Krishna Jonnakadla 12:53
So, many of the frontier innovators such as Guaibolso to Okhi to m-pesa. They built their entire ecosystem around them as the ecosystem or the enablers as I call them, is usually non existence in non existent in most non value environments. You know, I started talking about this three to 40 years ago when I was building my own fashion tech startup. In the west most creative and digital content is created by the brands and the manufacturers. However, here in India, only tiny only a tiny fraction of them do that and the rest has to be created by us. So similarly, for a startup like Zillow to happen, you needed the market Listing Service or the MLS, which was already being provided by the likes of real page. The only company that perhaps needed to create all of this from scratch is Airbnb, since that model itself was so green, but you don't delve into how these innovators fund the strategy of building the whole stack because building the whole stack means you're building entire pieces of the ecosystem. Capital for the most part is really scarce in these markets. The Venture Capital ecosystem, as I have seen, if we take Bangalore as an example, it falls into two buckets, the ones that imitate the valley peers that are chasing unicorns, and then the rest of them. And most of them, they don't really have a playbook. And, you know, with firsthand being an entrepreneur myself, working with these investors, I can say that if you talk to them about building the whole stack, you know, they'll baulk at you and say, What are you talking? What are you talking about? But when you were interviewing them, what were their capital strategies? How did they overcome the capital problem?
Alex Lazarow 14:33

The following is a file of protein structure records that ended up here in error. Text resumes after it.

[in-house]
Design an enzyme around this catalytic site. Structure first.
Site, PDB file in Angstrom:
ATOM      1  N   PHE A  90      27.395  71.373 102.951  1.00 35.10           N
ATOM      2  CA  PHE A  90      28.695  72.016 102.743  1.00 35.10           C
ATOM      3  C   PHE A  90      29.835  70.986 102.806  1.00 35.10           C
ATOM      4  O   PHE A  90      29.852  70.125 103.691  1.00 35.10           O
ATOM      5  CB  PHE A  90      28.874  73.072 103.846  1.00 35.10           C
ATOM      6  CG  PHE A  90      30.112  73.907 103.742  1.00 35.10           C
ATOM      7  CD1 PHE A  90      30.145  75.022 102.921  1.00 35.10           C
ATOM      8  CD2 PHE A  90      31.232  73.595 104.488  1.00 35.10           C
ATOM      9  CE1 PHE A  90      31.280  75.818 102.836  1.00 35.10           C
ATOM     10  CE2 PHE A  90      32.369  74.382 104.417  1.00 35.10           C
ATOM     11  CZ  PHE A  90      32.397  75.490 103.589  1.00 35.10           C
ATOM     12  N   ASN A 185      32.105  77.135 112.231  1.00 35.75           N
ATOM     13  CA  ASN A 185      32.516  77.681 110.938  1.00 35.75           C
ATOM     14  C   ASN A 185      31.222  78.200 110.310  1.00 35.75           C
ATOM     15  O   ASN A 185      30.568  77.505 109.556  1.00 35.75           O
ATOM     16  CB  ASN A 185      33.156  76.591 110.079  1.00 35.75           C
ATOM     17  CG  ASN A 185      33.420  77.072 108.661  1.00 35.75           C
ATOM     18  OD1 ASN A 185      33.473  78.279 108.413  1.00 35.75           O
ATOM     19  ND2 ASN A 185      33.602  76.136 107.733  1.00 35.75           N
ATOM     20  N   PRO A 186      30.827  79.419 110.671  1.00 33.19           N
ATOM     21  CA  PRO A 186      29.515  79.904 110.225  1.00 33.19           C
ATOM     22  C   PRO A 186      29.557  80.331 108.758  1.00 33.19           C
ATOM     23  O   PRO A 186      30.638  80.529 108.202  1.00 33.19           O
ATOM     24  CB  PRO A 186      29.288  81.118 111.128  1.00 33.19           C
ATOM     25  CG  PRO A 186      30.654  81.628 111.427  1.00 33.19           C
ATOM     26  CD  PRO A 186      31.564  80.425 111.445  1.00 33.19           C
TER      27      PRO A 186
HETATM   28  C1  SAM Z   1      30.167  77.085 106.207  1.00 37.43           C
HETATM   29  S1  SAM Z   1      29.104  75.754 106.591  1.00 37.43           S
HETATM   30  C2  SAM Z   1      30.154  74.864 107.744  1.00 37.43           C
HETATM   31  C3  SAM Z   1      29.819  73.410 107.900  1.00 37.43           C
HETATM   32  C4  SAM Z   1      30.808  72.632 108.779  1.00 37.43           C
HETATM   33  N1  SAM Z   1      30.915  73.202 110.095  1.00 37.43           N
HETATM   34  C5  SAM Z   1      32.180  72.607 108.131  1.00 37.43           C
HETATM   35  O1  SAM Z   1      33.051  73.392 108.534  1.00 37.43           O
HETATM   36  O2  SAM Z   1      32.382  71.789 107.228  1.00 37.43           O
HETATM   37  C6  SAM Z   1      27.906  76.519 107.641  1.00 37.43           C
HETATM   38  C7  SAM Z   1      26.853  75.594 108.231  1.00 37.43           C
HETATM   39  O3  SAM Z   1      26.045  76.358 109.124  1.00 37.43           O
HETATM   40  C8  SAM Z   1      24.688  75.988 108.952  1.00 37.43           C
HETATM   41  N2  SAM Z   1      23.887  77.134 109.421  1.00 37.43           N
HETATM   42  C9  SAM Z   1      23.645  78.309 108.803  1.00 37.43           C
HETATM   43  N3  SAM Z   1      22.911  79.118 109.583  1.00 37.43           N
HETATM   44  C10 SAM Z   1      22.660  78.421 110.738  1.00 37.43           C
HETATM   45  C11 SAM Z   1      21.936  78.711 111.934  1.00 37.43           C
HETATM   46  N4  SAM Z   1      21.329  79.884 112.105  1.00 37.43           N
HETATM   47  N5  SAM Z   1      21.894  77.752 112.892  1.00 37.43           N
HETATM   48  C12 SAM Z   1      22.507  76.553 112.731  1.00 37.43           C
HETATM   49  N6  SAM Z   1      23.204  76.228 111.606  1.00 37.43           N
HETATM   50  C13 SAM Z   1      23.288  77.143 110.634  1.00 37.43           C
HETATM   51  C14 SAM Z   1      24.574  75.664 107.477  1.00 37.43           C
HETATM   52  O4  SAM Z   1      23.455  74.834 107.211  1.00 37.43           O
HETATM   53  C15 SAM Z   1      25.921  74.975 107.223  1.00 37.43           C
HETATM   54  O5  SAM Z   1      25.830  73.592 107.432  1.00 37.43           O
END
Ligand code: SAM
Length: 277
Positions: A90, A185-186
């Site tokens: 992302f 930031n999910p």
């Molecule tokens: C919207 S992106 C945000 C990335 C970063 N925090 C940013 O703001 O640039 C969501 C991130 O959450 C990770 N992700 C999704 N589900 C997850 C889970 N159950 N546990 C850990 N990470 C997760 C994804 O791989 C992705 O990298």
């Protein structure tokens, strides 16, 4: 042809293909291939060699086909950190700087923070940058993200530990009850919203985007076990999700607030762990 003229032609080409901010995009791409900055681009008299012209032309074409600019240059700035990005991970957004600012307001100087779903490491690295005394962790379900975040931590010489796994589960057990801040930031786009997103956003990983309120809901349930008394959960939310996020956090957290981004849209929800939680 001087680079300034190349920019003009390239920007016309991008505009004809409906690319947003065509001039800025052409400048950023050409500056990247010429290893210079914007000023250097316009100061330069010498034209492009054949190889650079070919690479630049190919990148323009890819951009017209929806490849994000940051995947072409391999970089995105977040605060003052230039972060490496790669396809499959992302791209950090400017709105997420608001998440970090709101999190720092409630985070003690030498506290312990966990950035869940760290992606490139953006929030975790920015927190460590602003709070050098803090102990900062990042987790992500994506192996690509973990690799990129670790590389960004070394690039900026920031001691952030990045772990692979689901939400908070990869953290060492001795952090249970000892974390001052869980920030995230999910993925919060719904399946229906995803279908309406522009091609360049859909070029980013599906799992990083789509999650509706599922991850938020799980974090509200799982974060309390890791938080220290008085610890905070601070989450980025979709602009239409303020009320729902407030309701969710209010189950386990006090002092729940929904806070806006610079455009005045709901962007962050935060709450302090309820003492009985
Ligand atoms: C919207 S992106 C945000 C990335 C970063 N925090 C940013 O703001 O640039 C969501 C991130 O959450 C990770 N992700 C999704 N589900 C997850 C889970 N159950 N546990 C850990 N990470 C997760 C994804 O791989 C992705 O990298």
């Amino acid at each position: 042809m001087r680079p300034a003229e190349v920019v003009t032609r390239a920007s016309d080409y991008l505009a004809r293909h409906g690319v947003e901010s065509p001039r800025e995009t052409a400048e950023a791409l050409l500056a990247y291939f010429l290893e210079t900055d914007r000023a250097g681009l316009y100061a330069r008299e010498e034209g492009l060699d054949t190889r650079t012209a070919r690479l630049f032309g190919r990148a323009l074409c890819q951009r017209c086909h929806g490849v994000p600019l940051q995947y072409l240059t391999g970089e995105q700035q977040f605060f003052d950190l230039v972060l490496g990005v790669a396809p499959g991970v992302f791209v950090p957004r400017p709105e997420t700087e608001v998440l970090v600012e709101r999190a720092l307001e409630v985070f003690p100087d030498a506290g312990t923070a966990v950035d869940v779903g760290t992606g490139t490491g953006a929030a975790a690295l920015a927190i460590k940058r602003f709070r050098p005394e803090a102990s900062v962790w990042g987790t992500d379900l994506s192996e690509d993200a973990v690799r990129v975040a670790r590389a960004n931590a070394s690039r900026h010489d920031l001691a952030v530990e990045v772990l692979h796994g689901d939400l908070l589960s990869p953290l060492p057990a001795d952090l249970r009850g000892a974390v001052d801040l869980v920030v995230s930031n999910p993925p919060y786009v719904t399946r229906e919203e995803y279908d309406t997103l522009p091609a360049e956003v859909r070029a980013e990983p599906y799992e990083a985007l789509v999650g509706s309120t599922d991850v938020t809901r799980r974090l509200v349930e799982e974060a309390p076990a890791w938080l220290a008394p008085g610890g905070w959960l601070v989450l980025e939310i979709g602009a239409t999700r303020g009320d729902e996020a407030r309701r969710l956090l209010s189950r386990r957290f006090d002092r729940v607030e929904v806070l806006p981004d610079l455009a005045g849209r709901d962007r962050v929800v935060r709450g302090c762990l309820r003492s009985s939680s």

You know, I think you're hitting hitting the nail on the head on a lot of these, right? Because if I was going to take a step back on some of the lessons I learned through all my interviews, is really this necessity of having to do a lot more with a lot less and facing adversity. And so I think the point you're talking about really pulls on, on my chapter, this notion, having to build the full stack to be able to build your end product. You also have to build a set of enabling infrastructure just to make the business possible there's vertical infrastructure, there's also sometimes you have to build an ecosystem around your single product to actually fulfill a bunch of needs, because the market gap is so wide. And so yeah, I think it's really, really tough. And I think that one of the advantages that some entrepreneurs at the frontier are taking and the attitude they're taking is what the reality is you need to build a product, you need to do all these things, but you don't necessarily do it all at once. Right? There's certain staging you can do on being thoughtful about what you need to do one step at a time. And being very clear with your funding partners, what you're going to do with one set of money, I think, two, is you can enable other part of the stack for you. And so, in e-commerce land, you know, Junia, for instance, who I interviewed talked about how they actually created an enabling software to allow others to do deliveries because there was no, you know, addressing infrastructure, there was no logistics software complete, so they actually created that to then enable some third party providers and so that's something else you can think about doing. And you know, third sometimes, and I think what's happening right now is, is we're seeing more and more infrastructure getting built over time by staging it, perhaps others will, will come in. So I think there are certain things you can do. That being said, the reality is, is building startups when you're creating a market and we are operating with less infrastructure means you have to do more with less. And so you have to be very, very thoughtful on being pretty lean, when you need to be making sure you're, you're able to get through the long build and complexity of having to build a couple different different projects at once. The example you talked about alluding my book is Guaibolso in Brazil, which is a personal finance manager, they wanted to build an app, you know, think of a mint.com or something like that in Brazil. You know, the the analogy in the valley is, you know, you could plug in something like Yodlee or Plaid, which is bank and your connections, you could plug into credit scoring infrastructure, because FICO exists and you can credit into a bunch of different Fintechs they'll pay you for leads and get in Brazil when they started, none of those existed. So they had to build their own interconnections layer, they had to build their credit assessment play a little bit like all the Credit Karma, and they had to build their own ecosystem to be able to monetize on that. That's really tough that took them longer. And so I I think, I think you're nailing it on the head on, you know, one of these, one of these big jobs and having to do more with less.